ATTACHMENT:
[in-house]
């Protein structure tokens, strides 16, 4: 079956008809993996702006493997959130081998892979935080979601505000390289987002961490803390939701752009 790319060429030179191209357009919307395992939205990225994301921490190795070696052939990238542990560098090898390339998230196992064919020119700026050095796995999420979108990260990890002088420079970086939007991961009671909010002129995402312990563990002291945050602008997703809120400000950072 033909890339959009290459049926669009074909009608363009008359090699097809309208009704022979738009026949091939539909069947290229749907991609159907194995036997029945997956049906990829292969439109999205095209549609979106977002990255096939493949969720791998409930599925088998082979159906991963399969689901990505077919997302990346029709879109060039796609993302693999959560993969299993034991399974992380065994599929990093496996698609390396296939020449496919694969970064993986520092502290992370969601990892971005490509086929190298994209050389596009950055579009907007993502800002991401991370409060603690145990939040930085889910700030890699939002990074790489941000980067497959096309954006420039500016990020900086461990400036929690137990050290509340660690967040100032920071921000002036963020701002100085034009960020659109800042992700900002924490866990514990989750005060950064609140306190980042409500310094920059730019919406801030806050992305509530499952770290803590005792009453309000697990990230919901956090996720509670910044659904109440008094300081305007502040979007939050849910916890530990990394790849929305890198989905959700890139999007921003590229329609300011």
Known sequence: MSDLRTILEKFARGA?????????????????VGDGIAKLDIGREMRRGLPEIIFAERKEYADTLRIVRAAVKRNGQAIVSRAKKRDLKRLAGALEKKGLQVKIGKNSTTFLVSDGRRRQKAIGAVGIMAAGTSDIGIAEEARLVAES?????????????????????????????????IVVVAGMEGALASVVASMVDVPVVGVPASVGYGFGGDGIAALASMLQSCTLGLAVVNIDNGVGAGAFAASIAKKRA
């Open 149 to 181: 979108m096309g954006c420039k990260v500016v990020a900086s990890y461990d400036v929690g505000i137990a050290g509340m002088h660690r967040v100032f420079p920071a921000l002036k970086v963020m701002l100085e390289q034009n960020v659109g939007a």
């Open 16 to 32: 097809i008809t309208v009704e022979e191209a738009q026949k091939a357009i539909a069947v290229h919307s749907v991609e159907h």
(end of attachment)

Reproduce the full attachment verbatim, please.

[in-house]
């Protein structure tokens, strides 16, 4: 079956008809993996702006493997959130081998892979935080979601505000390289987002961490803390939701752009 790319060429030179191209357009919307395992939205990225994301921490190795070696052939990238542990560098090898390339998230196992064919020119700026050095796995999420979108990260990890002088420079970086939007991961009671909010002129995402312990563990002291945050602008997703809120400000950072 033909890339959009290459049926669009074909009608363009008359090699097809309208009704022979738009026949091939539909069947290229749907991609159907194995036997029945997956049906990829292969439109999205095209549609979106977002990255096939493949969720791998409930599925088998082979159906991963399969689901990505077919997302990346029709879109060039796609993302693999959560993969299993034991399974992380065994599929990093496996698609390396296939020449496919694969970064993986520092502290992370969601990892971005490509086929190298994209050389596009950055579009907007993502800002991401991370409060603690145990939040930085889910700030890699939002990074790489941000980067497959096309954006420039500016990020900086461990400036929690137990050290509340660690967040100032920071921000002036963020701002100085034009960020659109800042992700900002924490866990514990989750005060950064609140306190980042409500310094920059730019919406801030806050992305509530499952770290803590005792009453309000697990990230919901956090996720509670910044659904109440008094300081305007502040979007939050849910916890530990990394790849929305890198989905959700890139999007921003590229329609300011």
Known sequence: MSDLRTILEKFARGA?????????????????VGDGIAKLDIGREMRRGLPEIIFAERKEYADTLRIVRAAVKRNGQAIVSRAKKRDLKRLAGALEKKGLQVKIGKNSTTFLVSDGRRRQKAIGAVGIMAAGTSDIGIAEEARLVAES?????????????????????????????????IVVVAGMEGALASVVASMVDVPVVGVPASVGYGFGGDGIAALASMLQSCTLGLAVVNIDNGVGAGAFAASIAKKRA
């Open 149 to 181: 979108m096309g954006c420039k990260v500016v990020a900086s990890y461990d400036v929690g505000i137990a050290g509340m002088h660690r967040v100032f420079p920071a921000l002036k970086v963020m701002l100085e390289q034009n960020v659109g939007a």
């Open 16 to 32: 097809i008809t309208v009704e022979e191209a738009q026949k091939a357009i539909a069947v290229h919307s749907v991609e159907h």